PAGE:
Google has piloted Focus Fridays to give employees periods of uninterrupted time to work

Avanthi Maharaj says Focus Fridays also help in practising better meeting hygiene.

Focusing on ways to ensure your employees have energy and are well rested contributes to an increase in productivity and happiness. This is why the global leadership team at Google introduced a pilot Focus Fridays for frontline HR.

The pilot was launched in January and will end in June 2021 and Avanthi Maharaj, market HR cluster lead – SSA at Google says they will do a recalibration to see whether they will be taking this through to their Q3 and Q4.

She shares that the global team was trying to find smart ways of making a difference for their Googlers.

“The team looked at conducting extensive research and pulsing with Googlers regularly to understand WFH experiences as well as incorporating this data and feedback into our actions, tools and policies to address top pain points. It then went through a process of implementing broad initiatives and a series of targeted improvements rooted in strong principles, pilots and experiments.”

She adds that it also looked at a few flexible ways such as teams adopting a no-meetings week or day on a monthly or quarterly basis. It would then be at the discretion of the business to help improve, maintain and sustain the wellbeing, productivity and connectedness of employees while working from home

In implementing the Focus Fridays, “The goal is to minimise meetings on Fridays so that we can use the time to get work done ahead of the weekend, to then better disconnect during our time away from work. This means moving lower priority and non-urgent meetings to other days, and being more thoughtful about what you schedule on Fridays to give you periods of uninterrupted time for focused work.”

Avanthi adds that the most important factor was making sure that they still kept the essence of running a business, “but also had some time out in terms of just hunkering down and focusing on what you can’t get through in a 12-hour day.”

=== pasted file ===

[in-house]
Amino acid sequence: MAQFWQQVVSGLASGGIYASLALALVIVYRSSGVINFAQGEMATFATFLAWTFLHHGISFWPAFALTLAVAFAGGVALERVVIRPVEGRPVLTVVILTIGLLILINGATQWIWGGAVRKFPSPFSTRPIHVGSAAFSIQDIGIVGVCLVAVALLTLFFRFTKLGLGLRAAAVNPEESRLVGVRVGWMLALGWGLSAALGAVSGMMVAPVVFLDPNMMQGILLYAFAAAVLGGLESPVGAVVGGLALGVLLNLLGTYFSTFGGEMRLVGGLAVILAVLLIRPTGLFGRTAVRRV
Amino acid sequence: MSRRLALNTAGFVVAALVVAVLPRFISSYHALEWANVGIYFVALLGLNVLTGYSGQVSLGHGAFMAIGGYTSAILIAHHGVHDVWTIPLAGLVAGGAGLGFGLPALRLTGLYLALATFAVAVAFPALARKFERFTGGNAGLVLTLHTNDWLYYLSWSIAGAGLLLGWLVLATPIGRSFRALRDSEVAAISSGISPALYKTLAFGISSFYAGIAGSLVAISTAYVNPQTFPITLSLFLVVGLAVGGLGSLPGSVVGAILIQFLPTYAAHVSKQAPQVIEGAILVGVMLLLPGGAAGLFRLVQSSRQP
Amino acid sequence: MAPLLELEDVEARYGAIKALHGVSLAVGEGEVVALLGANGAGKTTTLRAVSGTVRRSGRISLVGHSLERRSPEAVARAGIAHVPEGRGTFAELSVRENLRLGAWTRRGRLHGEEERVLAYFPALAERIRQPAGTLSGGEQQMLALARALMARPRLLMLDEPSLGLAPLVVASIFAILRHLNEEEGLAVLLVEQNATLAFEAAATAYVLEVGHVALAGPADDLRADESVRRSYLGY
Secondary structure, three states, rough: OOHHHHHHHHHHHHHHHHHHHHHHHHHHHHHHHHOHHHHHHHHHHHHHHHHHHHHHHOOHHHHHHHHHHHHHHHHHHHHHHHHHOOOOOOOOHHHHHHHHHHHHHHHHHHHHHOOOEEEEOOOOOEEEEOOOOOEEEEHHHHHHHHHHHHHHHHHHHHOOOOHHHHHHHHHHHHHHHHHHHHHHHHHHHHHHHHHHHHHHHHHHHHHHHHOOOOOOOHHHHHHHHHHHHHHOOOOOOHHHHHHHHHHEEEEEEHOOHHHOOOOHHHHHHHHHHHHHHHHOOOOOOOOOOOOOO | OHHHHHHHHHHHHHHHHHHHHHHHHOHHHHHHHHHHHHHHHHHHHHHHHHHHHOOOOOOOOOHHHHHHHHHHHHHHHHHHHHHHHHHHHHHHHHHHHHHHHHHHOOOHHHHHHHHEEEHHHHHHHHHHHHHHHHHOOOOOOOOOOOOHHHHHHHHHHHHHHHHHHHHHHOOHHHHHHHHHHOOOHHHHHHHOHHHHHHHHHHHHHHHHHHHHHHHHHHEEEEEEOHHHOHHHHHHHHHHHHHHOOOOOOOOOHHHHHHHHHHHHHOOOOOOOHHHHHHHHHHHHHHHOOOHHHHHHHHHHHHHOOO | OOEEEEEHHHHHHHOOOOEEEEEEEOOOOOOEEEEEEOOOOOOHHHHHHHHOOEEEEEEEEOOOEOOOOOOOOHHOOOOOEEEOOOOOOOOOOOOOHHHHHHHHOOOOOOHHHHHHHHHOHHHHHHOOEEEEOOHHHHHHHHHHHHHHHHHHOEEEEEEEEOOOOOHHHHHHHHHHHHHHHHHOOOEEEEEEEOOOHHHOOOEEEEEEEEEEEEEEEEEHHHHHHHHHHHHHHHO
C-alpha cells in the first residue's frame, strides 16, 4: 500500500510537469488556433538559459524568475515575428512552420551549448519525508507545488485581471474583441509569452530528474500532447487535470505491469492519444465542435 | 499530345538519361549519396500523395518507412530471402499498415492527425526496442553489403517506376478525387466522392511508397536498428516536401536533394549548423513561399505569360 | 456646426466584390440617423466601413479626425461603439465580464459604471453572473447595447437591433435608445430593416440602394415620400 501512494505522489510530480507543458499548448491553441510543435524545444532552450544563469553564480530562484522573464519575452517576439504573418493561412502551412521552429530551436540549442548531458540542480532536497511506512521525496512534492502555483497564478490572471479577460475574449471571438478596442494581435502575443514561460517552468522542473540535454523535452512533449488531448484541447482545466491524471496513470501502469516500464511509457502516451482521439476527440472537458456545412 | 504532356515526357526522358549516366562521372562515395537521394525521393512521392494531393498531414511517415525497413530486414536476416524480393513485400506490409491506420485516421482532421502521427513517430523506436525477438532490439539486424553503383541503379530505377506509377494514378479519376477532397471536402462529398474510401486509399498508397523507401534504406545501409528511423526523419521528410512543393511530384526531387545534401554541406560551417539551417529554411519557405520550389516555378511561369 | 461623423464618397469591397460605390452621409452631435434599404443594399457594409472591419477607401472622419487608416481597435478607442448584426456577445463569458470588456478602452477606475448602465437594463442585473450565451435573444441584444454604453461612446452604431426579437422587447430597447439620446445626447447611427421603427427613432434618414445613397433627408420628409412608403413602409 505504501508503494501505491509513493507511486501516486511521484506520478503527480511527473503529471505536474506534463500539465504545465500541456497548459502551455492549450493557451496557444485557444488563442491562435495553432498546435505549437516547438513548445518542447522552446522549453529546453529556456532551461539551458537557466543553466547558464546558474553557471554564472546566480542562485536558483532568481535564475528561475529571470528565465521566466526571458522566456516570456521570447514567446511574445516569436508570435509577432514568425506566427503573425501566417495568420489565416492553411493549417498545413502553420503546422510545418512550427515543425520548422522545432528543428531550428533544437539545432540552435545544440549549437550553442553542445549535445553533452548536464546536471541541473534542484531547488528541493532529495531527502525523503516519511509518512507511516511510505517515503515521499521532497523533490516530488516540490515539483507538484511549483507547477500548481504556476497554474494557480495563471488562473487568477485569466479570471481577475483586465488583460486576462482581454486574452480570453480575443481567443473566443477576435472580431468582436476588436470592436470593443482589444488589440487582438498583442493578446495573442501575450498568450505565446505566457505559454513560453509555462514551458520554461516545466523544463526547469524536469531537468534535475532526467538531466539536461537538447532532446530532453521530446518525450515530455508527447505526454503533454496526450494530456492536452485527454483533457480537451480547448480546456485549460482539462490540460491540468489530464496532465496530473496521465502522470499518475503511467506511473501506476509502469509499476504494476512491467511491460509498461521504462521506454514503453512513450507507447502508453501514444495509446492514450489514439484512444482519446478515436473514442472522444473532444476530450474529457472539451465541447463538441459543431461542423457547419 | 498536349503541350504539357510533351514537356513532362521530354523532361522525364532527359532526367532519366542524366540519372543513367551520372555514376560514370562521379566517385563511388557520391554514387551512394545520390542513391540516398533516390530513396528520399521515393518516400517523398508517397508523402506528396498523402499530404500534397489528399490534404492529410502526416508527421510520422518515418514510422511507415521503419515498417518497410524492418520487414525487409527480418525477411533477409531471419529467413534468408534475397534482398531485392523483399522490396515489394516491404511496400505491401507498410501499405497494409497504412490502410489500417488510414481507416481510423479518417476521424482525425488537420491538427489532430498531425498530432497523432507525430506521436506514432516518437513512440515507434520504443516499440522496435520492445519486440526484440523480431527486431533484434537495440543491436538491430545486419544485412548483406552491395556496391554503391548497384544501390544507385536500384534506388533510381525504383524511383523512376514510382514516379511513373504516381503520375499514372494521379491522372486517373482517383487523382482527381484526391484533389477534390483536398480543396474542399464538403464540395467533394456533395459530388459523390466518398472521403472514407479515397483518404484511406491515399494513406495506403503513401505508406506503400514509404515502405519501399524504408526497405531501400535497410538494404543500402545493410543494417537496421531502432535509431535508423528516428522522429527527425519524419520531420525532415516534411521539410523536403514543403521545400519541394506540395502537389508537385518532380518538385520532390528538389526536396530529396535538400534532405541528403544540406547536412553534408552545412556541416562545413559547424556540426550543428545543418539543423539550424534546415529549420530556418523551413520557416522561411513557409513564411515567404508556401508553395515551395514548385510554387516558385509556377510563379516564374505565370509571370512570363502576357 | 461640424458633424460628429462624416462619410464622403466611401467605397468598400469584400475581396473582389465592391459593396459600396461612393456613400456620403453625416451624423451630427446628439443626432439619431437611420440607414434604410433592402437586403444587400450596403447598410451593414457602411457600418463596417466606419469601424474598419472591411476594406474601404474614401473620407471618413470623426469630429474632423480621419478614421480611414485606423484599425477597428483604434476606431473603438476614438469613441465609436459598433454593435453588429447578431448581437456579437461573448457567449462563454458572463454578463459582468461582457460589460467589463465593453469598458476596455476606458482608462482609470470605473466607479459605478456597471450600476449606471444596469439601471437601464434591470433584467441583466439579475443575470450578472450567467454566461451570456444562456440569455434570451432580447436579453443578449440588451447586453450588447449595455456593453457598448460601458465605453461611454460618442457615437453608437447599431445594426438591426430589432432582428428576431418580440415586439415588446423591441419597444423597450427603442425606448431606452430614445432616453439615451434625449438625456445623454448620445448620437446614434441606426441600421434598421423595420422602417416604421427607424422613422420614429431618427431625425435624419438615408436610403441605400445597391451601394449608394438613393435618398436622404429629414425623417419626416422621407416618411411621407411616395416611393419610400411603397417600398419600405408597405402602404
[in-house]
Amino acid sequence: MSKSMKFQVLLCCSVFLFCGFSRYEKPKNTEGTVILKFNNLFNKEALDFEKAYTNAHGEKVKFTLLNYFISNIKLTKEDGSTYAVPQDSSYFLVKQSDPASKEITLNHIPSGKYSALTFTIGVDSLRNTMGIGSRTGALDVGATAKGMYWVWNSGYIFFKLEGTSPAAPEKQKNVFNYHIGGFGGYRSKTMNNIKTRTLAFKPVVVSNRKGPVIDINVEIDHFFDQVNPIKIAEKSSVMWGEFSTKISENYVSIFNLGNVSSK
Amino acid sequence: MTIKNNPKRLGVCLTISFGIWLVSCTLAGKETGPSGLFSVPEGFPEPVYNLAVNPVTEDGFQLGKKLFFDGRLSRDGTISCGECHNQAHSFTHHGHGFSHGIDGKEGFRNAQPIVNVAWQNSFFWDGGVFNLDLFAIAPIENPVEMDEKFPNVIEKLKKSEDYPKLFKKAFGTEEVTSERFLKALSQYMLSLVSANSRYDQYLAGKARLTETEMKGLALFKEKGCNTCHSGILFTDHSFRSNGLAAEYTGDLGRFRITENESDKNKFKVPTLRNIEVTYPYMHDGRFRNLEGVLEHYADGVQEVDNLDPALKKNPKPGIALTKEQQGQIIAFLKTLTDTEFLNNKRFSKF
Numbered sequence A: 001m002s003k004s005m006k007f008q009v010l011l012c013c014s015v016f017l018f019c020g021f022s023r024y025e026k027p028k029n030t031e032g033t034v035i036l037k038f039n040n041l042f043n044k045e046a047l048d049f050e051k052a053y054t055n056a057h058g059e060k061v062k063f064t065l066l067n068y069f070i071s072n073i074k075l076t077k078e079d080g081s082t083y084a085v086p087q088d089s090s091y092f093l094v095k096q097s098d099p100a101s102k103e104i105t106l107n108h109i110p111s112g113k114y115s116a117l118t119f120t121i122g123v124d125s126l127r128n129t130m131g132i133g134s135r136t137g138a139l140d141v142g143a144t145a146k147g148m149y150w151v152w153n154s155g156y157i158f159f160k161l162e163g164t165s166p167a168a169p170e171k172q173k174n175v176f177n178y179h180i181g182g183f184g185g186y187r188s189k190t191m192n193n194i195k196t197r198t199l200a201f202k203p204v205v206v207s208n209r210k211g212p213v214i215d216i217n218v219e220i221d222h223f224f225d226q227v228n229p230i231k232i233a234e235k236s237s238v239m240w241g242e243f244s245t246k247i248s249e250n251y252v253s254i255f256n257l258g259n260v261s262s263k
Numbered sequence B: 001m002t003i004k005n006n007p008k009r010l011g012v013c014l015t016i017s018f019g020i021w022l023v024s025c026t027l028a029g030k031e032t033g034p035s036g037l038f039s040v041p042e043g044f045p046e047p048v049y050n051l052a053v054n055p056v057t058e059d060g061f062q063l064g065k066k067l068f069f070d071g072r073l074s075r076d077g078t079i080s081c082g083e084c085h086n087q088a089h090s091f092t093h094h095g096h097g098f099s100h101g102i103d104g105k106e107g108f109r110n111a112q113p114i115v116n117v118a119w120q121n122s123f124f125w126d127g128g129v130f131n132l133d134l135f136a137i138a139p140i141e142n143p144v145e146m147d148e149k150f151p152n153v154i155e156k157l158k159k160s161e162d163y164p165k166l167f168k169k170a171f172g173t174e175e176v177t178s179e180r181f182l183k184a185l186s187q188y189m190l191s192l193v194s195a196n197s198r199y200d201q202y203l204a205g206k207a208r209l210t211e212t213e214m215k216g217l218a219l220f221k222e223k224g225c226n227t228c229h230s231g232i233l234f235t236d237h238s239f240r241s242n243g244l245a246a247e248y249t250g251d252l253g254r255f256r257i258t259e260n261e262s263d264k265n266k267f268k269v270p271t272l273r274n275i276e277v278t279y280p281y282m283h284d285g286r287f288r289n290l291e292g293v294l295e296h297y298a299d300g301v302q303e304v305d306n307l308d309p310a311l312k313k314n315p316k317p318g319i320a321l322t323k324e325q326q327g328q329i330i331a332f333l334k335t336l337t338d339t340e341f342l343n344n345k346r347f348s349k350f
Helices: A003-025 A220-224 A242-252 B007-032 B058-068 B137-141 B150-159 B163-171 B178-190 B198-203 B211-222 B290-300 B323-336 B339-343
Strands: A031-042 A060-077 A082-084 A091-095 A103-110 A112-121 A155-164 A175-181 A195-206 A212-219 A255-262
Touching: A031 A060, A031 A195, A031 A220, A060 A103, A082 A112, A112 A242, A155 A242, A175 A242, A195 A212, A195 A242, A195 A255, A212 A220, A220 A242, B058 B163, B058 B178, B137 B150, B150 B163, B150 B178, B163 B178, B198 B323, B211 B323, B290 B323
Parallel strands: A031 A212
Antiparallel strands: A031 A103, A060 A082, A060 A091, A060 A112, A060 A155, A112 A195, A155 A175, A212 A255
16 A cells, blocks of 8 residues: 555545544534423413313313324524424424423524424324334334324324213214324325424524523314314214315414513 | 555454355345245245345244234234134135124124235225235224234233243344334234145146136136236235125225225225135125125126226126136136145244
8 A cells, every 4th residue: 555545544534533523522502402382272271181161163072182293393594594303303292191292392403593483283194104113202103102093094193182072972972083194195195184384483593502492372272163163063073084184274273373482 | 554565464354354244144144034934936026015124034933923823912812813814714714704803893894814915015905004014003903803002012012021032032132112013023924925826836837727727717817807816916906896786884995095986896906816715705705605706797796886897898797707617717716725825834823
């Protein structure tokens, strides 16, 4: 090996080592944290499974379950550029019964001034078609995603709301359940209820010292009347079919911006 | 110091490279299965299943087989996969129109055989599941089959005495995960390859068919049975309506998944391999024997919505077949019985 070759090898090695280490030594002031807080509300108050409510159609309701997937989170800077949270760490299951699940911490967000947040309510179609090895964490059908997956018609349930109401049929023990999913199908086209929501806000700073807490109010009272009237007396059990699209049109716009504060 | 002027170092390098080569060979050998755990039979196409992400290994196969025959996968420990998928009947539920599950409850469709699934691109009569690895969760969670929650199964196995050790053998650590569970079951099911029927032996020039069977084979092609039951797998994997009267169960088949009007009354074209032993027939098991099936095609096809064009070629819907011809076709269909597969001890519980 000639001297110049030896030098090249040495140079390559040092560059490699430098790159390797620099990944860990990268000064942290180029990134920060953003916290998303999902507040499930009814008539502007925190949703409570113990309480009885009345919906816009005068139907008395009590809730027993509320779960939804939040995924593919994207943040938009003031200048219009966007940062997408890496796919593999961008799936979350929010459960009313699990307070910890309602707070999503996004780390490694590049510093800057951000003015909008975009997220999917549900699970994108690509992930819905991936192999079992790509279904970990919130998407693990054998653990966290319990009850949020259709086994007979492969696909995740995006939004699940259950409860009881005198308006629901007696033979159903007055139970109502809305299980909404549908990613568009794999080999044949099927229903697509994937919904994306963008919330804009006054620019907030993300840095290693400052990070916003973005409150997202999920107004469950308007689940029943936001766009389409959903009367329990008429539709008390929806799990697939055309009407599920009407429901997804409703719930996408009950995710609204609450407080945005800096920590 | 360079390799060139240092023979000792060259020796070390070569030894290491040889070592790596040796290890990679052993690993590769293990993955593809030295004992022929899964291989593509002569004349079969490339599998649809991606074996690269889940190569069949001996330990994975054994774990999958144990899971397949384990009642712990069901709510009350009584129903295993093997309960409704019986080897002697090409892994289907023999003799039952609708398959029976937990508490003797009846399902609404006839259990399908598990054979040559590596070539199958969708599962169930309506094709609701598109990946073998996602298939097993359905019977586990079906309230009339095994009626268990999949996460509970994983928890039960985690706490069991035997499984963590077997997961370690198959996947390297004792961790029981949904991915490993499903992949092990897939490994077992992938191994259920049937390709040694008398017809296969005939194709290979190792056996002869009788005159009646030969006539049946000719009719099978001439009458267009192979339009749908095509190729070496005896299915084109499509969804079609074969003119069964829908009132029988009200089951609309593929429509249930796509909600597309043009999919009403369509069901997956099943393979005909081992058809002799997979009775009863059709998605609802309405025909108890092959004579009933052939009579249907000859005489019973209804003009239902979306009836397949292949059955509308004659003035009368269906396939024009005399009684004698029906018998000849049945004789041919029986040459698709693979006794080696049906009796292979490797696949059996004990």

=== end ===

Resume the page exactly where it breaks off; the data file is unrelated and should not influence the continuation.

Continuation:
Avanthi explains that having these Focus Fridays also provides an opportunity to practise better meeting hygiene.

“Of course, there may still be time-sensitive or urgent client meetings that pop up on Fridays, or consults that should still be prioritised because crises don’t wait for Monday, but we have been using it purposefully and thoughtfully while making sure it works for both us and the business.”

In making sure that their employees are appreciated and are seen, Avanthi says Google commits to their employees in a tangible place where they get to see and experience what this means.
“In each employee’s calendar there is a new blockout function called Focus Time. Focus Time automatically declines meeting requests if you choose it as an option,” she says.

Practising good meeting hygiene
Avanthi says the traditional approaches to and reasons for conducting meetings have evolved completely. And the way in which these meetings are conducted is quite important at Google to ensure the workers thrive and survive in the workplace.

At Google they have a ‘meeting hygiene checklist’ which talks about the purpose, presence and the participation of the meeting. “So, managers making use of this checklist is critical because they set the tone. Questions such as: ‘Is this meeting really required at 10pm or is there another way I can have this meeting and engage with my team?’ need to be asked.”

Avanthi says time zone challenges are a reality for Google, especially in HR – however, “If you know you have an audience in the US and in Singapore, the time difference is eight to 10 hours, are you going to invite them at a completely inconvenient time or are you going to record the meeting and share it with the team?”

She asserts that the time zone issue and respect are important to her because a lot of HR practitioners work according to time zones and very often they sit in meetings late at night or early in the morning, accommodating other time zones.